Critics however argue that if the minimum drinking age was lowered to 18 instead or 21, wouldn’t 15 become the new 18? They argue that this law would cause a chain of events that will lead to even more underage drinking at even younger ages. However, 116 countries out of the world’s 190 have a minimum drinking age law of 18 or 19. According to Boston University, “Countries such as Italy, Greece, and China, experience little to none drinking related problems” (Deltuvia 2). In fact, Statistics from the National Highway Traffic Safety shows that the United States, even with a drinking age of 21 had higher percentages of fatal car crashes related to alcohol than most of the other countries that have a minimum drinking age law of 18 (Alcohol Involvement in Fatal Crashes 1).
According to Dr. Ruth from Indiana University, “Alcohol is neither seen as a poison or a magic potent, there is little or no social pressure to drink, irresponsible behavior is never tolerated, young people learn at home from their parents and from other adults how to handle alcohol in a responsible manner” (Ruth 3). Continuing with the thought of underage drinking and driving and its dangers, some may also say that after the minimum age was increased to 21 back in the 1980’s, the number of fatal car accidents related to drunk driving decreased. This statistic may be true but one must also consider other factors that may have contributed to this result. Tougher seatbelt and DUI rules and also the improvement of safety features inside vehicles may have caused less people to pass away in accidents.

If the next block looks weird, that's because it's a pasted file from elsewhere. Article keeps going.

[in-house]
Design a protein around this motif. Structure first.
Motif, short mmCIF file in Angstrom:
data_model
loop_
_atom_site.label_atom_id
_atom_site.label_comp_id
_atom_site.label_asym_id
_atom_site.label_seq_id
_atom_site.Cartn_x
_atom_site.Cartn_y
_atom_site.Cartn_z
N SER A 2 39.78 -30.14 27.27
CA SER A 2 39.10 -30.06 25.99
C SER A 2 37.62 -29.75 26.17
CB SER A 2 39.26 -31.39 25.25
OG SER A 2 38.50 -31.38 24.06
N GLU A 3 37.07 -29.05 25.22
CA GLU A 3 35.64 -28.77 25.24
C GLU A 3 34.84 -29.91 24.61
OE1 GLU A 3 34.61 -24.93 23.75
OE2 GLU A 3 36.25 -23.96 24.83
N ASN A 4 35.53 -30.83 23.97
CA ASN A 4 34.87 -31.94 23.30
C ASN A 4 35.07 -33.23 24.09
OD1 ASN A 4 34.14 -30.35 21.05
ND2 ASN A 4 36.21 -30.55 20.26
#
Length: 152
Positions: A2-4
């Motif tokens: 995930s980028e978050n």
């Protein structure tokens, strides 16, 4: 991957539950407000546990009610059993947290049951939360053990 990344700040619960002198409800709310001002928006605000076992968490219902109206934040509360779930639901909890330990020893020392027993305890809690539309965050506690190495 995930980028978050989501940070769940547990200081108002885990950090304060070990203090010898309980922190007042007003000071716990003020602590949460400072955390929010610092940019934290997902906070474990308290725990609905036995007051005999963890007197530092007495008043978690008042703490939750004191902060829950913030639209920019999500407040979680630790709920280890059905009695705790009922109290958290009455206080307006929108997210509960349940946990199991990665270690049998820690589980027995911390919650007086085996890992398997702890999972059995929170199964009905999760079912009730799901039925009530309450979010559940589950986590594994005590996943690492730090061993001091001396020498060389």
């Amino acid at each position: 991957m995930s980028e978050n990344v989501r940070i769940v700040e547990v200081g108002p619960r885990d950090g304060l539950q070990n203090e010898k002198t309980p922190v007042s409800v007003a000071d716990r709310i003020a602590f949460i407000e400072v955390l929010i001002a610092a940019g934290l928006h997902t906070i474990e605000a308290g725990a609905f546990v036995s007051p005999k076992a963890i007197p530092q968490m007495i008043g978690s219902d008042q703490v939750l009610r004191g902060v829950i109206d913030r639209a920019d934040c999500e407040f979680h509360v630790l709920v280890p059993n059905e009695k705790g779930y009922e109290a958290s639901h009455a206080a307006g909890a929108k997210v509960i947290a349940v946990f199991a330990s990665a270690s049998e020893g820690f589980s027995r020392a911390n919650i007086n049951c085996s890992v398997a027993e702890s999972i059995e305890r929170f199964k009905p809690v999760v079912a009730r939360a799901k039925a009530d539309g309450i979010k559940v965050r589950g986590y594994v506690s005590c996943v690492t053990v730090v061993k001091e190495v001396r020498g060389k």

In conclusion, alcohol and the law have faced their good share of problems throughout history. In the early 1920’s, Prohibition drove citizens to a frantic kind of drinking that one can see today at college parties. Young adults will always find a way to sneak past the law, even if they have to go to dangerous, unsupervised environments to do so, just like the people who would attend speakeasies in the Prohibition days. Trying to stop them is a waste of time and resources that can instead go into educating young adults on the correct use of alcohol. This will give them the responsibility and knowledge they need to succeed in life.